It’s hard to imagine a breakout season after nearly a decade in the elite peloton, but that’s what happened to Brent Bookwalter in 2015.
The 31-year-old American had comfortably slotted into a helper’s role at BMC Racing, helping Cadel Evans to victory the 2011 Tour de France and later riding to back Tejay van Garderen. Last year, however, Bookwalter got more chances, and he turned the disappointment of not being selected to go to the 2015 Tour into positives, and posted his best results in years.
“It was looking like I had a Tour start, but I didn’t get the nod,” Bookwalter said at a team camp. “I was a little frustrated, but that happens on a team as deep as BMC, and I was able to turn that into some good performances.”
Bookwalter poured that frustration and form into the pedals, performing with consistency over the mountainous Tour of Austria, with fourth overall, before returning to the United States, where he emerged as one of the main protagonists on the summer calendar. He notched seven top-3s in stages at the Larry H. Miller Tour of Utah and the USA Pro Cycling Challenge, including a stage victory at Arapahoe Basin, en route to podium finishes in both races. He finished it off with a top-20 result in the world championships in Richmond, Virginia.
For Bookwalter, it was just desserts for a rider who’s been part of BMC since its inception in 2008.
“I was very satisfied with the season,” Bookwalter told a small group of journalists. “I quickly fell into that worker role … and that was amazing and fulfilling, but as I got older and more mature, I realized that I could still be a good teammate, but get my own results as well.”
As Bookwalter admits, finding those individual opportunities isn’t so easy on a team packed with big names. Van Garderen and newcomer Richie Porte require an entire squad of support riders at nearly every race they start. Philippe Gilbert and Greg Van Avermaet equally dominate the one-day classics, meaning BMC brings top challengers for victory to just about every major race on the WorldTour calendar. That leaves very little room for the team’s other 20 or so riders.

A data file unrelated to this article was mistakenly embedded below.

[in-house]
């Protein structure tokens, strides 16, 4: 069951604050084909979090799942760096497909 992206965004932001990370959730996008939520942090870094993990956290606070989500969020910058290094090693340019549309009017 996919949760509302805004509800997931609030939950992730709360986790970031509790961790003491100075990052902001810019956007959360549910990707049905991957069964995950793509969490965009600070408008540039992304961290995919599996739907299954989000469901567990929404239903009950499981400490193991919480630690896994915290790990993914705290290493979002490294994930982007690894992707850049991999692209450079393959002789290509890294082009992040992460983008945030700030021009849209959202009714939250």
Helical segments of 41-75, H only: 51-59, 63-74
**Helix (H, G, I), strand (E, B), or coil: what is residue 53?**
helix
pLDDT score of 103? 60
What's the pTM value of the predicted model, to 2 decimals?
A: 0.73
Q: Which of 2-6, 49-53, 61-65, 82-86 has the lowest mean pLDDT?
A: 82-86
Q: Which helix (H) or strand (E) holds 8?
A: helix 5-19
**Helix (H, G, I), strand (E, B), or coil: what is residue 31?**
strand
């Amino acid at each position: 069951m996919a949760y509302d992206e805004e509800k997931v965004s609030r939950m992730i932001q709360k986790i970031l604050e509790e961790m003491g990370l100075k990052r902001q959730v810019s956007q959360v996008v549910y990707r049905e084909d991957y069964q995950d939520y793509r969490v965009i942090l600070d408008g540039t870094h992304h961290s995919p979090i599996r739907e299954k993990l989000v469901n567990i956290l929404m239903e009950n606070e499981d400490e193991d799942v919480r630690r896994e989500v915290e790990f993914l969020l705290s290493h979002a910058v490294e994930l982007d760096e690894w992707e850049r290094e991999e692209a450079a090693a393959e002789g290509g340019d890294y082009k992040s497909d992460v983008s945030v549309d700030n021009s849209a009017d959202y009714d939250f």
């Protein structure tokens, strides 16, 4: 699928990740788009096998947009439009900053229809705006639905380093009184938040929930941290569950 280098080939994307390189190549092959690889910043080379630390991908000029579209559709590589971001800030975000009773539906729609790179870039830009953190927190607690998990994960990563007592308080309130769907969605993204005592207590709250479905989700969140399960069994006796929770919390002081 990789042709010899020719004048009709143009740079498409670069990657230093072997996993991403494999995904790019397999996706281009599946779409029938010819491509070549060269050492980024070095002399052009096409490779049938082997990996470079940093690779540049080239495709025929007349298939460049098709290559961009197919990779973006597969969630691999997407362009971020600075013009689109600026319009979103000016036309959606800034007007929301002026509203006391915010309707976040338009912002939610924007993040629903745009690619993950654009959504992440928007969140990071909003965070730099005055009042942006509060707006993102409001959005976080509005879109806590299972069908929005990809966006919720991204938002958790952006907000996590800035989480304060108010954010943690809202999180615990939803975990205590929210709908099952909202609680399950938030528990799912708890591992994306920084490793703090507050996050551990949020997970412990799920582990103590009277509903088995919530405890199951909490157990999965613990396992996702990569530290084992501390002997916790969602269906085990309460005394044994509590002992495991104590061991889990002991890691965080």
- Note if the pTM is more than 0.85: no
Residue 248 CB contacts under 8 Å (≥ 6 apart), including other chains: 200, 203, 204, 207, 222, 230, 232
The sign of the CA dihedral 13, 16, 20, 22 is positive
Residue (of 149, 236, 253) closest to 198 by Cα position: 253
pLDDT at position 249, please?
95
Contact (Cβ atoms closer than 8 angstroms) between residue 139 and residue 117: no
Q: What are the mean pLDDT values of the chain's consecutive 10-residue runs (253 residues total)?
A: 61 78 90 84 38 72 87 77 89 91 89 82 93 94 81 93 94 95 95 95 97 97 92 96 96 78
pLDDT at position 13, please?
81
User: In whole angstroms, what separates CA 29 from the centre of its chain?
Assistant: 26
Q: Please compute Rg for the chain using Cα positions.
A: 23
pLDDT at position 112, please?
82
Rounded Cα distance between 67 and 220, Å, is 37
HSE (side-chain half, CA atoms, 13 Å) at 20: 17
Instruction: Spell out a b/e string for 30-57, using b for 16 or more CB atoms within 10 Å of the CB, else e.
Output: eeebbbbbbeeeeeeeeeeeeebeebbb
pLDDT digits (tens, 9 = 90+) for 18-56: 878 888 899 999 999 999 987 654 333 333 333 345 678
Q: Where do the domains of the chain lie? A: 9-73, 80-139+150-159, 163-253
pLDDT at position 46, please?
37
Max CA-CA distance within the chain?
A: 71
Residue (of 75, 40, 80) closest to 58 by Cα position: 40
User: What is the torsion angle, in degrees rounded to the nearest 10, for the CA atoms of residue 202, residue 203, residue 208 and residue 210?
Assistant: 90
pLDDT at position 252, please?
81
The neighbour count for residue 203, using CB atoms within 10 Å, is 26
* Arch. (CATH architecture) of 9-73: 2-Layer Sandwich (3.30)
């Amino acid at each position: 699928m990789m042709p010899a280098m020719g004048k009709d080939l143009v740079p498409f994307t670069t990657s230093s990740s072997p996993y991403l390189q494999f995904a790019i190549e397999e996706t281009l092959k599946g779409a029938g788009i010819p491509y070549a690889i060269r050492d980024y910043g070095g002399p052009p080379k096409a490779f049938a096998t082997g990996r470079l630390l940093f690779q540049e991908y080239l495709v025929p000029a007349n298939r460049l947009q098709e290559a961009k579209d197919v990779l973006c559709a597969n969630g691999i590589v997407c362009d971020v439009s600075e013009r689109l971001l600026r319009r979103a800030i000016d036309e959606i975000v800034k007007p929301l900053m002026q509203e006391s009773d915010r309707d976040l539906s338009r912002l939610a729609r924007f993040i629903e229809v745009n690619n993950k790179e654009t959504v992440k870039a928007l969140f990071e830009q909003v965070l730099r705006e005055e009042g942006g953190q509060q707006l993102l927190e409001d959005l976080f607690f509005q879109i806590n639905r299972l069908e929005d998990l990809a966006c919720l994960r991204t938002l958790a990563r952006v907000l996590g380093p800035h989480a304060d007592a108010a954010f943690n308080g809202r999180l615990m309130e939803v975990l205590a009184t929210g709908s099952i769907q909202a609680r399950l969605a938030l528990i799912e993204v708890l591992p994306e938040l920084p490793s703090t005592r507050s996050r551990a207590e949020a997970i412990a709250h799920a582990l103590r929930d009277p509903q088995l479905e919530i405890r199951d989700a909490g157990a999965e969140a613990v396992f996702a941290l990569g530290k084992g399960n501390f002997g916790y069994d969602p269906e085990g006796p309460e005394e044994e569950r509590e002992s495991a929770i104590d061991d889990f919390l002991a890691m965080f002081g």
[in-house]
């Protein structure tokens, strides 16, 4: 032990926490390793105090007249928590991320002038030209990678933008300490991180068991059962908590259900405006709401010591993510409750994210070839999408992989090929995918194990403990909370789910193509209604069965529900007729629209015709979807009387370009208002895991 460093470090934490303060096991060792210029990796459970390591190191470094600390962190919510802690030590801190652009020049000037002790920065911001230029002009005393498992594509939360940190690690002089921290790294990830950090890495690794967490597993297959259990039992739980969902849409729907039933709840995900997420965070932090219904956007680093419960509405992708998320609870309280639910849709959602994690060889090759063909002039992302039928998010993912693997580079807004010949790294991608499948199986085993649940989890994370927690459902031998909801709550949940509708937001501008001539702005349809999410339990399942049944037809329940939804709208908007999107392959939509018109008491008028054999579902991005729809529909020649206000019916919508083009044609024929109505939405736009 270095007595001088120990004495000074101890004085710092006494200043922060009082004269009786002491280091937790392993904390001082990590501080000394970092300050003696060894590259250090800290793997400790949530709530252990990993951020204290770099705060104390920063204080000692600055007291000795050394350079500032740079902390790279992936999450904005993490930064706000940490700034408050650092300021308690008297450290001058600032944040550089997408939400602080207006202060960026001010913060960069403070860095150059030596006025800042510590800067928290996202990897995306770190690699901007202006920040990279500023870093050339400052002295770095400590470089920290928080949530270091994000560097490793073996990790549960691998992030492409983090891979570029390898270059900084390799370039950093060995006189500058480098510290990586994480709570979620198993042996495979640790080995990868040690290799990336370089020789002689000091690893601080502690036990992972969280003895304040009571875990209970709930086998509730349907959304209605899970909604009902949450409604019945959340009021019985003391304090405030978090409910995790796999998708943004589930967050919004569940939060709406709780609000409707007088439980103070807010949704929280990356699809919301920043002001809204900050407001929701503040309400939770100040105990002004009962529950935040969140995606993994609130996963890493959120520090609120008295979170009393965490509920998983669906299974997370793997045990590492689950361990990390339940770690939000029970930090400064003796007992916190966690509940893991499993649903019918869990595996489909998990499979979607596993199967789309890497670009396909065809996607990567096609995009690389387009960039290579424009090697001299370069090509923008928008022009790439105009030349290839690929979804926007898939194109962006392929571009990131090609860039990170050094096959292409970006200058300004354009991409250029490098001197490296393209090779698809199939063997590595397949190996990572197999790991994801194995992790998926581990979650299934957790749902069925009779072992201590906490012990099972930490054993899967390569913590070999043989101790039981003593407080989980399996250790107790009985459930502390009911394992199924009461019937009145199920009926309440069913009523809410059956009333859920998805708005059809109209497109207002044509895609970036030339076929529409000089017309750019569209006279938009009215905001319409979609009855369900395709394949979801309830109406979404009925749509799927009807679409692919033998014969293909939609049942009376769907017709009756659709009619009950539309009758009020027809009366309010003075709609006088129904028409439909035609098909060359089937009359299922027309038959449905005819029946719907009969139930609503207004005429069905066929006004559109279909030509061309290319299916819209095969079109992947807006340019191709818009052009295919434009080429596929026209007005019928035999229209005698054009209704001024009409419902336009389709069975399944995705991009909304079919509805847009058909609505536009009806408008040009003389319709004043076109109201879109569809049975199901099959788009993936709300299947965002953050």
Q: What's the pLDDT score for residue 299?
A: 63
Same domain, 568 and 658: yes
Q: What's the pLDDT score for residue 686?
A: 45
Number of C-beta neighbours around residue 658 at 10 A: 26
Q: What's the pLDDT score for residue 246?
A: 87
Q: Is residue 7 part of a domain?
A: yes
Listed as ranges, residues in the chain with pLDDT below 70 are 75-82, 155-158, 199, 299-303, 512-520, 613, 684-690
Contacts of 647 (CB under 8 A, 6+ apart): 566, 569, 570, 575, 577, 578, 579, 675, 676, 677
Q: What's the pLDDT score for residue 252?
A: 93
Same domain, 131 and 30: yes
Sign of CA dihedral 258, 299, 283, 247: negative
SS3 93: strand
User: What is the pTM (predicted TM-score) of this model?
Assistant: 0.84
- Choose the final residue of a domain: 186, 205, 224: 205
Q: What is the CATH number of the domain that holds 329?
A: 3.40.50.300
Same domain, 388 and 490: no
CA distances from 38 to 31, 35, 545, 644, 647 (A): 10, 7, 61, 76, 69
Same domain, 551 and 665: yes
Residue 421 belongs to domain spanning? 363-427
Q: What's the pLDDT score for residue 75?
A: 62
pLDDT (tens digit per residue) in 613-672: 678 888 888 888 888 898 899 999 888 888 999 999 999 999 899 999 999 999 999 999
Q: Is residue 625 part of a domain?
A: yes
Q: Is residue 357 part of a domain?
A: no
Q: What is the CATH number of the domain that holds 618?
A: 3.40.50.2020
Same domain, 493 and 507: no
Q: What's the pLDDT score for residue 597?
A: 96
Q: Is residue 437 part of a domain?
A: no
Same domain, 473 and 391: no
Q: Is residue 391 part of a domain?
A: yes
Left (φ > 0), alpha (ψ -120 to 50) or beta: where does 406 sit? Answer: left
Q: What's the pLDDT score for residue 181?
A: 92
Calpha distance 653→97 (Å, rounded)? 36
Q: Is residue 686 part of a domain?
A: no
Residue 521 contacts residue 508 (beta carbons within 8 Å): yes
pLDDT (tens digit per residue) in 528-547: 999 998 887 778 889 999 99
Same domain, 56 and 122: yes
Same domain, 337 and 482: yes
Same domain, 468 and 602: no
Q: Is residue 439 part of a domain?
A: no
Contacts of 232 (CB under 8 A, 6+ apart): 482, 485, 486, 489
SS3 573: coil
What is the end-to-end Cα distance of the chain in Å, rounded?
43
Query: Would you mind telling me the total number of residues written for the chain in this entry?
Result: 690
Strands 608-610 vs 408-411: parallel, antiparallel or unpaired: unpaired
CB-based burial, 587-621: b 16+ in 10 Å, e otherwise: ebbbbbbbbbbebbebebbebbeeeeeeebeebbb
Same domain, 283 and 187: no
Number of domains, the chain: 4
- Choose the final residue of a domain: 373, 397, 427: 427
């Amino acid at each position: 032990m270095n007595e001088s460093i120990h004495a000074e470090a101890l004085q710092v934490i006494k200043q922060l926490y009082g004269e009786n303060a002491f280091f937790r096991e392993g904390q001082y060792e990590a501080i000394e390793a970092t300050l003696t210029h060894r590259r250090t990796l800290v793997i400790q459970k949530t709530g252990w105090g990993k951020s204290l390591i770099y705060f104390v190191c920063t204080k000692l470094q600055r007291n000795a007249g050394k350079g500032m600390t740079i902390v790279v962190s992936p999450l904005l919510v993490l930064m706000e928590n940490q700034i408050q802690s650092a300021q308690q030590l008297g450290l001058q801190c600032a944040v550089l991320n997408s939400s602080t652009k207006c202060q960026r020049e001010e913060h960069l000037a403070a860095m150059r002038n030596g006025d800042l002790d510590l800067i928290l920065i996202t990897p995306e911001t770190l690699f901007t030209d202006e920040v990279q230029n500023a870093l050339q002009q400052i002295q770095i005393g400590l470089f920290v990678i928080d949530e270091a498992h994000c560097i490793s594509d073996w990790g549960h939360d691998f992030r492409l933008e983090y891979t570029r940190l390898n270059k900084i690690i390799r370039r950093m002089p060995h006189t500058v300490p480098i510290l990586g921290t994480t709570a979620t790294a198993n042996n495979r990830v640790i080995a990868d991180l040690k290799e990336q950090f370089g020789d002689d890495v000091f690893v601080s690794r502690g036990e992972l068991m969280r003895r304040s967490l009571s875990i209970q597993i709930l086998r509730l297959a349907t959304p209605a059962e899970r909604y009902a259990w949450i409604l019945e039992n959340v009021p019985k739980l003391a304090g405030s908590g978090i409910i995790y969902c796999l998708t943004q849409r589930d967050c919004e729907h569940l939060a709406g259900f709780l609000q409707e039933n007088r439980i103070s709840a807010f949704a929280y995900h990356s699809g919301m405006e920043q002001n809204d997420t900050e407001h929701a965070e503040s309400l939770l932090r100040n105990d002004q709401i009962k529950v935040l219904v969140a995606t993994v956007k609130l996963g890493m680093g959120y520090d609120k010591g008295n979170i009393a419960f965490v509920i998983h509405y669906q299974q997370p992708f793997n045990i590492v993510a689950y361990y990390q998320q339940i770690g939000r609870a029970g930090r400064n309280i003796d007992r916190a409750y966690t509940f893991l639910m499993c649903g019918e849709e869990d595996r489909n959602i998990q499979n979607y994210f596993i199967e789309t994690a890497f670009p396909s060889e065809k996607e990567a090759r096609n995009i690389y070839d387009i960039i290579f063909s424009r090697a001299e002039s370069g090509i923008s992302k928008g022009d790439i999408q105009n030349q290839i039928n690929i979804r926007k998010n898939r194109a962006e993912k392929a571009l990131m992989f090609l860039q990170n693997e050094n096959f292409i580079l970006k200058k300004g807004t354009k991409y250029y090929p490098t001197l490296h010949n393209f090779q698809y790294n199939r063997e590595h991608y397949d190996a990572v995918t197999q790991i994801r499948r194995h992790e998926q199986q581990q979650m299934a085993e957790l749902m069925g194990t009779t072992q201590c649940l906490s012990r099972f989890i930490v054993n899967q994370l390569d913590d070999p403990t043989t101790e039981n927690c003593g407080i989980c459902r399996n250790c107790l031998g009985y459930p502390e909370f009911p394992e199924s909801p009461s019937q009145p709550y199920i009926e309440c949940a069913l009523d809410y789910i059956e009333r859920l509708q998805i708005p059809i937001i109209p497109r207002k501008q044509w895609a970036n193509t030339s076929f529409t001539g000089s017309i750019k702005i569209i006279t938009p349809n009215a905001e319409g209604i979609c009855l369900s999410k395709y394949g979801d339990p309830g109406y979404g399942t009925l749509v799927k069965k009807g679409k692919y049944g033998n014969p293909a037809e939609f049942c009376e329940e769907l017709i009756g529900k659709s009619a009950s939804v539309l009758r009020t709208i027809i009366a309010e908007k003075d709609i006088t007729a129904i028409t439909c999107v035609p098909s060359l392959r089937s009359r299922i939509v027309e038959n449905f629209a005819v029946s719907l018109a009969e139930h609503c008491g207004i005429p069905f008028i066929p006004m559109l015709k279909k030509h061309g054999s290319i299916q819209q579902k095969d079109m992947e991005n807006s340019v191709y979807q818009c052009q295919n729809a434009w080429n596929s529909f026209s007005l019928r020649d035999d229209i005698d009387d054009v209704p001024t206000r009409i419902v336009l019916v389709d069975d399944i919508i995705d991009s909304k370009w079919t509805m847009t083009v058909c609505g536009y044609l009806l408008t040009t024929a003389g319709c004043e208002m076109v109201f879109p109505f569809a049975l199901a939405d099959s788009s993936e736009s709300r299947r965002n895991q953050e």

Like many top teams, however, BMC does try to give its riders a chance to lead, at least a few times during the long racing season. And last year, Bookwalter took full advantage of those opportunities. For 2016, he hopes to find a balance between working for others and taking the reins when he can.
“You have to make your own opportunities,” he explained. “I used to get frustrated with my calendar, but I had a big epiphany when I won a stage at the Tour of Qatar [stage 1 in 2013]. I realized I don’t need the perfect schedule. I can still win a stage, even when I am working for others, in the right opportunity.”
With the departure of Peter Stetina to Trek – Segafredo, Bookwalter might get a chance to lead at this year’s Amgen Tour of California, but he’s not sweating it. The team might send Rohan Dennis and instead send Bookwalter off to the Giro d’Italia. Bookwalter prefers to focus on what he can control, and that means being prepared and in top physical condition wherever he races.
“I don’t want to get fixated on any one race. My schedule changes all the time, and that’s been an asset of mine, that I can go with the flow,” Bookwalter continued. “I am trying to approach the season with that attitude.”
Bookwalter, who is an active voice for change within the peloton, said his heart is in performing well in the North American races. He does, however, want to return to the Tour de France. He’s raced three Tours, including Evans’ victorious bid in 2011. With the arrival of Porte, he believes BMC will go a long way come July with the pairing of the Tasmanian and van Garderen, twice fifth at the Tour.
“I’m very excited about Richie coming to the team,” Bookwalter said. “I think they will work very well together. It’s not going to be a burden to have two of the best guys in the Tour. Richie did it with [Sky’s Chris] Froome, so I think he and Tejay will mix it up pretty good.”
Bookwalter is hoping to be there for a front-row seat to see if the pair can live up to the BMC challenge of aiming for outright victory in the Tour de France.